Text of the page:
After 23 months of negotiations Iran finally entered into a historic nuclear deal with six world powers that paves the way for ending sanctions imposed by the US and Europe and also opens business prospects for the various countries including India in Iran. This is also expected to further lift the supply of crude oil in the global market that in turn will keep the oil prices lower.
With six powerful countries sealing the deal with Iran to curb the Islamic Republic’s nuclear programme in return for ending sanctions, India is also making a renewed pitch for rights to develop 12.8 trillion cubic feet of gas reserves that ONGC Videsh had discovered in 2008.
Following the announcement, the prices of brent crude hit a day’s low of 56.43 per barrel on Tuesday from Monday’s price of 57.85 per barrel.
- Iran-India oil payment route to be blocked from November owing to US sanctions
- US set to reimpose sanctions on Iran after Trump junks Iran nuclear deal
- What is the Iran nuclear Deal?
- Donald Trump doesn’t have ‘mental capacity’ to deal with issues: Iran parliament speaker
- US oil rises above $70 for first time since November, 2014 on Venezuela, Iran worries
- India to make renewed pitch to develop Iran field
India being a large importer of crude oil and imports around 80 per cent of its energy requirements, a dip in crude prices will not only positively impact the current account deficit (CAD) but also keep the inflation under control.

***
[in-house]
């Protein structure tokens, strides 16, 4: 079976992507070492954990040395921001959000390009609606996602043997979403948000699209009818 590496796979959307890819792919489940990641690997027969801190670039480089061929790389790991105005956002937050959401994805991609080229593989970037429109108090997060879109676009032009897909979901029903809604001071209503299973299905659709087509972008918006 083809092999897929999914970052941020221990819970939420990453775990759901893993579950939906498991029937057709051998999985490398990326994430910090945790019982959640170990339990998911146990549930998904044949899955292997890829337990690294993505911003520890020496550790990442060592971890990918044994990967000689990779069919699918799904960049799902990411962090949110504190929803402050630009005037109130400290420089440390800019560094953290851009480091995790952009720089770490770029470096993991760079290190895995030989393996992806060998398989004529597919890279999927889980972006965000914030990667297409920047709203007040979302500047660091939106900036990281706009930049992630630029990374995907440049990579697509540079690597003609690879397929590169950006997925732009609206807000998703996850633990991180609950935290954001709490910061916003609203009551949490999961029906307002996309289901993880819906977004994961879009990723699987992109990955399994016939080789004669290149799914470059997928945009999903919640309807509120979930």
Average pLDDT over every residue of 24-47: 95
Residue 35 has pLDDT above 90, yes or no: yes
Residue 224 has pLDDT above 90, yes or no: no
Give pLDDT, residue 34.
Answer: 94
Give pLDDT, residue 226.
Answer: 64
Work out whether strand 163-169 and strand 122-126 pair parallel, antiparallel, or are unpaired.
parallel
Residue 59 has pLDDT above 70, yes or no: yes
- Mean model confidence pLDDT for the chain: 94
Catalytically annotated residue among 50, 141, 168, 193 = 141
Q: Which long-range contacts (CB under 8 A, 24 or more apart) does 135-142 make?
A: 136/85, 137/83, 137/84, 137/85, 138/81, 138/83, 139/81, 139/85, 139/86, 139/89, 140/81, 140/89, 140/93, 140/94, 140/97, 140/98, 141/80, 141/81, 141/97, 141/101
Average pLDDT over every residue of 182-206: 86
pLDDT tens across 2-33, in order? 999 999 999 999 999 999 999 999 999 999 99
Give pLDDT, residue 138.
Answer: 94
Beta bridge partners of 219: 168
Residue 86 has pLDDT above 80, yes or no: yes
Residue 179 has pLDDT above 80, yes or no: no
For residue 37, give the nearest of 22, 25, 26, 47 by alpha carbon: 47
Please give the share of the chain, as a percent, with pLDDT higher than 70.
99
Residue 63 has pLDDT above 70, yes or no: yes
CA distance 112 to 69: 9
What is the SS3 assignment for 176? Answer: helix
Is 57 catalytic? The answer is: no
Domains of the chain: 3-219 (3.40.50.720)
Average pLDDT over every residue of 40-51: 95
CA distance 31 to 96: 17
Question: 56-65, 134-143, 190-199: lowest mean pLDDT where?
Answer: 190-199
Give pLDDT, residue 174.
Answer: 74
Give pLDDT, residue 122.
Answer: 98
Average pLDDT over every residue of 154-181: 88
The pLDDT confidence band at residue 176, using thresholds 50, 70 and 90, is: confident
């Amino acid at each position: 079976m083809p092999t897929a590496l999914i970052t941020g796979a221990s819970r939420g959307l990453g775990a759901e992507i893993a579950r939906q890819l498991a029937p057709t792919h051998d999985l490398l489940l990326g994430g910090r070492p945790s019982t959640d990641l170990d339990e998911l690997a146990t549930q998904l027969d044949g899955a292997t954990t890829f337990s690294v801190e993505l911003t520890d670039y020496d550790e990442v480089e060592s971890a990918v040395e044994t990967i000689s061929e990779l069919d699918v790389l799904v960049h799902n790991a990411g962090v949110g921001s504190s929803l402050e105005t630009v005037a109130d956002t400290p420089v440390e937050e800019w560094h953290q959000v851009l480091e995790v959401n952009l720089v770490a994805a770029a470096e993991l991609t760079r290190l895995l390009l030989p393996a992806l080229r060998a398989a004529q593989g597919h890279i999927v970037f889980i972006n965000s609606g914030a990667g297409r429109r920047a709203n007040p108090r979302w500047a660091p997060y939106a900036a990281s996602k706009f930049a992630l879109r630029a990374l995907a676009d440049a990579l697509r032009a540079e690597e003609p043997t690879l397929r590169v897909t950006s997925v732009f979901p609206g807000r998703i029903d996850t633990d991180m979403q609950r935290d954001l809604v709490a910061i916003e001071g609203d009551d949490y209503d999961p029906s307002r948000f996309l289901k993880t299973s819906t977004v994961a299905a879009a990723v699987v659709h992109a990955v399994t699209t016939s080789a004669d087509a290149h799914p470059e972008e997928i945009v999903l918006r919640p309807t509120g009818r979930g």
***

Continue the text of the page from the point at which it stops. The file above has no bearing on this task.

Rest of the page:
The CAD, which had already narrowed to 0.2 per cent of gross domestic product in the quarter ended March 2015 following soft oil prices. Experts feel that India can actually get into a position of current account surplus.
CAD refers to a situation where the country’s imports exceeds the value of exports of services and goods.
In anticipation of the deal and its likely impact on crude prices the share prices of Indian public sector oil marketing companies witnessed a jump in its share prices. While the shares of Indian Oil Corporation were up by 3.4 per cent on Tuesday, that of HPCL and BPCL rose by 3.3 per cent and 2 per cent respectively.
On the other hand the oil exploration companies such as ONGC and Cairn India witnessed a marginal decline in their share prices as a decline in prices impacts their revenue. Their share prices were down by 0.4 and 0.8 per cent respectively.
Also, the easing of sanctions would mean India can freely buy crude oil from Iran. Sanctions had meant that New Delhi could import no more than 9 million tonnes of oil this fiscal, the same volume it had shipped from Iran in 2013-15.